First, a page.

“I became chairman of the House Budget Committee one year ago, and have been proud to serve in that role along with our new president. He has pushed an agenda of action – responsible budgeting, repealing ObamaCare’s worst mandates and aggressive tax cutting to get our economy going. This has been exactly the kind of work I came to Congress to do and we have done it,” said Black, R-Gallatin. “But my heart has always been at home. This why today, I’m announcing that I will now step down as chairman of the House Budget Committee, while continuing to serve in Congress, to devote more attention to my next challenge: seeking the governorship of Tennessee.”
Black said the latest tax plan was a great achievement for the budget committee.
“Great challenges compel bold choices. I have pushed Congress to make those choices and now I hope to lead my state in the same manner. There is no time to waste,” Black said.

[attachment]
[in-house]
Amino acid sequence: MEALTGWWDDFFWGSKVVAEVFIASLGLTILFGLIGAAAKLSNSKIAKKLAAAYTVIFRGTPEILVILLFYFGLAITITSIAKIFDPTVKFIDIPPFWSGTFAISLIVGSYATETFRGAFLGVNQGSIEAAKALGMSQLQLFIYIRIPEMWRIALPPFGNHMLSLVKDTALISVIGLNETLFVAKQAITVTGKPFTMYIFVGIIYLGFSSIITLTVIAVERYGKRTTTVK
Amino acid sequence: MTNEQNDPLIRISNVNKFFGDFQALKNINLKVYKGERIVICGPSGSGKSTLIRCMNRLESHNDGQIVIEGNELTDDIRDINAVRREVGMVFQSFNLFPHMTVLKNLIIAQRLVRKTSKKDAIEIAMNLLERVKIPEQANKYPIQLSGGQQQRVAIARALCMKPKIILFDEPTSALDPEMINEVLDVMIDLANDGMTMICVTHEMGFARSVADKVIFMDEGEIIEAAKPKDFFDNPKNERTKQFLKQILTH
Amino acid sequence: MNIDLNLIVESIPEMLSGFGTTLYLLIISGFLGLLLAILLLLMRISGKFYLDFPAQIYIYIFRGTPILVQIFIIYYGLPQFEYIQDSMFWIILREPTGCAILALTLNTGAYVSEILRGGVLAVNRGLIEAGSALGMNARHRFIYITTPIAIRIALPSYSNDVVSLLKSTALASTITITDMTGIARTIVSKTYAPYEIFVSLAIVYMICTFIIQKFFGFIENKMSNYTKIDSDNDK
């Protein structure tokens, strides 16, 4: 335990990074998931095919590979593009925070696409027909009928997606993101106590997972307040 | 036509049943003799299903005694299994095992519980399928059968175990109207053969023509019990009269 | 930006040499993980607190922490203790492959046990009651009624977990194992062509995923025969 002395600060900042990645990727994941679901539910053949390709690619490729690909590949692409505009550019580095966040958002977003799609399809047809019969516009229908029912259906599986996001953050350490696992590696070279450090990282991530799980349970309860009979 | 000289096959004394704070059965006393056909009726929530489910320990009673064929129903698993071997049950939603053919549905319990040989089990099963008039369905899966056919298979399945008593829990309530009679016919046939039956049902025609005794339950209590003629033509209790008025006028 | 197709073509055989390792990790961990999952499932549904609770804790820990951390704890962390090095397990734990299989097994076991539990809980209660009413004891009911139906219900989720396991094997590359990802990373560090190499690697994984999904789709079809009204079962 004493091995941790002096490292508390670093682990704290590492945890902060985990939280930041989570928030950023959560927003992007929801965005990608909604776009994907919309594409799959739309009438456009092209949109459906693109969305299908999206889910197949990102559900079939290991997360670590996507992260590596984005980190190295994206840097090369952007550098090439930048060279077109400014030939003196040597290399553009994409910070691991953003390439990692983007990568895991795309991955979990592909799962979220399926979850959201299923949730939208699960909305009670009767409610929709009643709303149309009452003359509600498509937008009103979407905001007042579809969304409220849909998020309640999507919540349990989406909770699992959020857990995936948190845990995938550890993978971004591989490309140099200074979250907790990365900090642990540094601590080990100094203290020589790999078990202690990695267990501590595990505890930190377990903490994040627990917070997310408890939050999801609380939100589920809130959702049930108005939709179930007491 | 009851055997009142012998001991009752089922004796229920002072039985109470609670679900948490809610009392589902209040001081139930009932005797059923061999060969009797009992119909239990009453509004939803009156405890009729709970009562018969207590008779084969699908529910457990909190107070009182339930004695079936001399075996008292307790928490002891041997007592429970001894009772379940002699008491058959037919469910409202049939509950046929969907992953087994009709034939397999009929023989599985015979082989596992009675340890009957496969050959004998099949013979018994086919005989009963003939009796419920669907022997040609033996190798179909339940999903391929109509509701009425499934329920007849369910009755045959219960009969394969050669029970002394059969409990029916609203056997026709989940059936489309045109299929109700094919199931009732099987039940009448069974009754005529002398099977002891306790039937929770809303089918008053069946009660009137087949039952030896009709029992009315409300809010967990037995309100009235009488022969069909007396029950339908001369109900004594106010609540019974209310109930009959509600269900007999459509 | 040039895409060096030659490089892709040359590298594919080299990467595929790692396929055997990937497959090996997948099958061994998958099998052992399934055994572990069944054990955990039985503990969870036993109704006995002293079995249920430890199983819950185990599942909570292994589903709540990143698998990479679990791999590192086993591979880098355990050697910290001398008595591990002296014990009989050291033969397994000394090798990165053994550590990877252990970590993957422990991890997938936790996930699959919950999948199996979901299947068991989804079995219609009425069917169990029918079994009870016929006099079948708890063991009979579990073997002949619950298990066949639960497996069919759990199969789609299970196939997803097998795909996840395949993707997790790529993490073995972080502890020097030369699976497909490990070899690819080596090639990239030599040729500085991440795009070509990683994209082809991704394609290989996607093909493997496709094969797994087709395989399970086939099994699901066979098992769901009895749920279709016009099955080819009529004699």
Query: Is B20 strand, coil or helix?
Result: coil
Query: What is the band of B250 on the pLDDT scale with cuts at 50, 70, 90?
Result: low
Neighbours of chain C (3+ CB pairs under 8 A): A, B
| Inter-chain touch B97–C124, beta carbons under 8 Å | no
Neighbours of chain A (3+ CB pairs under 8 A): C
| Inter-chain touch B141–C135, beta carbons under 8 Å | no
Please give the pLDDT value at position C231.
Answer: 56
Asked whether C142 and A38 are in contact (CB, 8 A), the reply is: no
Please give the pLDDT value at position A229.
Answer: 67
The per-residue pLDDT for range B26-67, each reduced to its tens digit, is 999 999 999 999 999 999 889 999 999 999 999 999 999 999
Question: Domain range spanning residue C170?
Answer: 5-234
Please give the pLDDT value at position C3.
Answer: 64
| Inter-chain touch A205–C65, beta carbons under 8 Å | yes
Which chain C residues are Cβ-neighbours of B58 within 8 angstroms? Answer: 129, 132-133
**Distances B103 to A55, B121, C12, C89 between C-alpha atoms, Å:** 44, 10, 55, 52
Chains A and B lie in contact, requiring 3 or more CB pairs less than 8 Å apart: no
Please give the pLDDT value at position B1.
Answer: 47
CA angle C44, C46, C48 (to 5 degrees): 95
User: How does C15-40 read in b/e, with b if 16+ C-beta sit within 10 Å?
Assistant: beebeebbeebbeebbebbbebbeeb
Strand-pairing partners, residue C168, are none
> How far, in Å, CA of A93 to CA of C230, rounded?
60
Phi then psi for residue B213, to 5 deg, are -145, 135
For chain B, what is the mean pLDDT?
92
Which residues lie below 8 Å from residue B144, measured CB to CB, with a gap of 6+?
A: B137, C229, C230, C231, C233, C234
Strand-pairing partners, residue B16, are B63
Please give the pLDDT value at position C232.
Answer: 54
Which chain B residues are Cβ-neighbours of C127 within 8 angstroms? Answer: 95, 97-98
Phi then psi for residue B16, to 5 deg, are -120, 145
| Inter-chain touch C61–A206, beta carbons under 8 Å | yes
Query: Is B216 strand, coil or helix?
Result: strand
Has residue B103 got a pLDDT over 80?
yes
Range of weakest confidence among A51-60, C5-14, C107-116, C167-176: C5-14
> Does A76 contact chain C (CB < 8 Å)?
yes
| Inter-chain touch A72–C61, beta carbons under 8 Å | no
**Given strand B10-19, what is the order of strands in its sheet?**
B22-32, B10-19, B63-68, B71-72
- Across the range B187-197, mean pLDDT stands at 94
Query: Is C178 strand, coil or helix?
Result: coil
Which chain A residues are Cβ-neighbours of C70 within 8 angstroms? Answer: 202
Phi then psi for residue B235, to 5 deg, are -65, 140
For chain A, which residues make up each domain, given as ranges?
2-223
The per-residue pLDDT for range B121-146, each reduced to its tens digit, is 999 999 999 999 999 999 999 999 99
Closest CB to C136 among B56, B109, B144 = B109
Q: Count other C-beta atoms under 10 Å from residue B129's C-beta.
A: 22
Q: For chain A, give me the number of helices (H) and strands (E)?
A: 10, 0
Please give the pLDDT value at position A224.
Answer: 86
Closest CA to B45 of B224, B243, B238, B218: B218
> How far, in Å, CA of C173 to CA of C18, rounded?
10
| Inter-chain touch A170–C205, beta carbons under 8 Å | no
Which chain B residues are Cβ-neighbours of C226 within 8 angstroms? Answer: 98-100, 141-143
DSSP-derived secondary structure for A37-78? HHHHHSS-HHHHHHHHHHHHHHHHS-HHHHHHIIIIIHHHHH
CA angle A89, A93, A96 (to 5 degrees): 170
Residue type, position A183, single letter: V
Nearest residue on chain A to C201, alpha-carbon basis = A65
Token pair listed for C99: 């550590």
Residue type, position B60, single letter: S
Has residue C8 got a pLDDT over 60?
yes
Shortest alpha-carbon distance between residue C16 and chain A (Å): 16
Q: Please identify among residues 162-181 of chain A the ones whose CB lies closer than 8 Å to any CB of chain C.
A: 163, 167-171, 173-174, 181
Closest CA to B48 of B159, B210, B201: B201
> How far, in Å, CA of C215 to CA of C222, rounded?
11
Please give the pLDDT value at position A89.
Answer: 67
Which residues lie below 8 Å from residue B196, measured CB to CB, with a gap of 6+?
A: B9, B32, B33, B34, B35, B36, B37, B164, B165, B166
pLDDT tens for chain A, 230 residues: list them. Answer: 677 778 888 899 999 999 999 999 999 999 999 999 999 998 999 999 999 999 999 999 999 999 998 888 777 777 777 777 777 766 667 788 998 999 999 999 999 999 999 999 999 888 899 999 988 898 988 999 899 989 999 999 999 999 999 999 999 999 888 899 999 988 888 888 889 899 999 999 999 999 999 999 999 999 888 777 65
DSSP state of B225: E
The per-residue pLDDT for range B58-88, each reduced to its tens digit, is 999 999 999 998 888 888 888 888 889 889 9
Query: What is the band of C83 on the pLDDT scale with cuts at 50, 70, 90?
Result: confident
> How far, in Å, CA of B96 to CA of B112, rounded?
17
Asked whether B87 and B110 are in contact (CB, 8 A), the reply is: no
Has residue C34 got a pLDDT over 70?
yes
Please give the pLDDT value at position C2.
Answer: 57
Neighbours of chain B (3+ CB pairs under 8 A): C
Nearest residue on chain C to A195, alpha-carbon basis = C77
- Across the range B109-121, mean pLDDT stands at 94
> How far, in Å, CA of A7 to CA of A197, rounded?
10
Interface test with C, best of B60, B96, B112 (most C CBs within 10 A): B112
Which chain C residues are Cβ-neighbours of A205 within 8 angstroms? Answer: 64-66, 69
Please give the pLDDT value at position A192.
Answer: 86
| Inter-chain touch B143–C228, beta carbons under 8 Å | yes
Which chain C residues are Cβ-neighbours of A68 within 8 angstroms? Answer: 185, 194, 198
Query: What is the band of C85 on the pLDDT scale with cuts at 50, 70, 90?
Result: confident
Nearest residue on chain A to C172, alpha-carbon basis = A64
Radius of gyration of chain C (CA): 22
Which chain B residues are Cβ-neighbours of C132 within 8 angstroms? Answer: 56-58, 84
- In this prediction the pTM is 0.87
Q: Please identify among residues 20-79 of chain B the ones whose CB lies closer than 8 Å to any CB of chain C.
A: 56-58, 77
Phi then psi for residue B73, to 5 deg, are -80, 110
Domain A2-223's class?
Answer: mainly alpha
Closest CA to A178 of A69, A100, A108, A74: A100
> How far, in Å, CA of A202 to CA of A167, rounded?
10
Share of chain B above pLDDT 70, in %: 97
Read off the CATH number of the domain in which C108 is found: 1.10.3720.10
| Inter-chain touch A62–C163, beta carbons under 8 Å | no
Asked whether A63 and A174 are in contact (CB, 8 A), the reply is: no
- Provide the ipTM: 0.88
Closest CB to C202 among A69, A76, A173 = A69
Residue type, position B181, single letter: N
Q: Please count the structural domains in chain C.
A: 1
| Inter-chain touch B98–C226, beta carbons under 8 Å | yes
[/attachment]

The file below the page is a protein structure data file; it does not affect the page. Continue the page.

Black joins former state Sen. Mae Beavers, R-Mt. Juliet, as candidates who resigned from their respective positions to focus on the governor’s race.
“My travels across our state to campaign for governor should not deprive the taxpayers of the 17th Senatorial District of the devoted and consistent conservative representation they have come to expect,” Beavers said in August.
Fellow Republican and Tennessee House Speaker Beth Harwell said she did not plan to resign from her position to focus on her run for governor.
The trio will face conservatives Randy Boyd, former state commissioner of Economic and Community Development, and Franklin businessman Bill Lee in the Republican primary.
Former Nashville Mayor Karl Dean and state Rep. Craig Fitzhugh are in the running for the Democrat nomination.